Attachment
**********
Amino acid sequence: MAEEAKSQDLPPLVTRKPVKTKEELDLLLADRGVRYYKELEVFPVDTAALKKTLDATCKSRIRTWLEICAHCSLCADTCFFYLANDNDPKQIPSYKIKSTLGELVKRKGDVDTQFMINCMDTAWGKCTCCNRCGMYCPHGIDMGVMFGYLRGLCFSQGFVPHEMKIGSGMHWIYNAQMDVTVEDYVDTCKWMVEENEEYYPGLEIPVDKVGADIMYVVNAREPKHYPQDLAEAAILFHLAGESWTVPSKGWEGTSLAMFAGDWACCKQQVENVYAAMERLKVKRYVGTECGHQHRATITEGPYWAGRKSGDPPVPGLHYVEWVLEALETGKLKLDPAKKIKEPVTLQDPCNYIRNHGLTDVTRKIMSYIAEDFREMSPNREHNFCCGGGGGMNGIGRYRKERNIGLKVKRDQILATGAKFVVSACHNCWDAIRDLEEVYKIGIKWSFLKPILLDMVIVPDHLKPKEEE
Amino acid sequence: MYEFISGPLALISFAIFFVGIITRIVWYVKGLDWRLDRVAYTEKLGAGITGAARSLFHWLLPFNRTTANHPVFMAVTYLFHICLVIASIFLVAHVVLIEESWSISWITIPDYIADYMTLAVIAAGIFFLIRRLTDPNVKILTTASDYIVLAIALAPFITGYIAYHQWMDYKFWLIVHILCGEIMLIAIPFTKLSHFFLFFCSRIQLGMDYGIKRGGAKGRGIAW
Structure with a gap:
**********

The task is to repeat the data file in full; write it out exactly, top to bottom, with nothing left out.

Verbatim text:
Amino acid sequence: MAEEAKSQDLPPLVTRKPVKTKEELDLLLADRGVRYYKELEVFPVDTAALKKTLDATCKSRIRTWLEICAHCSLCADTCFFYLANDNDPKQIPSYKIKSTLGELVKRKGDVDTQFMINCMDTAWGKCTCCNRCGMYCPHGIDMGVMFGYLRGLCFSQGFVPHEMKIGSGMHWIYNAQMDVTVEDYVDTCKWMVEENEEYYPGLEIPVDKVGADIMYVVNAREPKHYPQDLAEAAILFHLAGESWTVPSKGWEGTSLAMFAGDWACCKQQVENVYAAMERLKVKRYVGTECGHQHRATITEGPYWAGRKSGDPPVPGLHYVEWVLEALETGKLKLDPAKKIKEPVTLQDPCNYIRNHGLTDVTRKIMSYIAEDFREMSPNREHNFCCGGGGGMNGIGRYRKERNIGLKVKRDQILATGAKFVVSACHNCWDAIRDLEEVYKIGIKWSFLKPILLDMVIVPDHLKPKEEE
Amino acid sequence: MYEFISGPLALISFAIFFVGIITRIVWYVKGLDWRLDRVAYTEKLGAGITGAARSLFHWLLPFNRTTANHPVFMAVTYLFHICLVIASIFLVAHVVLIEESWSISWITIPDYIADYMTLAVIAAGIFFLIRRLTDPNVKILTTASDYIVLAIALAPFITGYIAYHQWMDYKFWLIVHILCGEIMLIAIPFTKLSHFFLFFCSRIQLGMDYGIKRGGAKGRGIAW
Structure with a gap: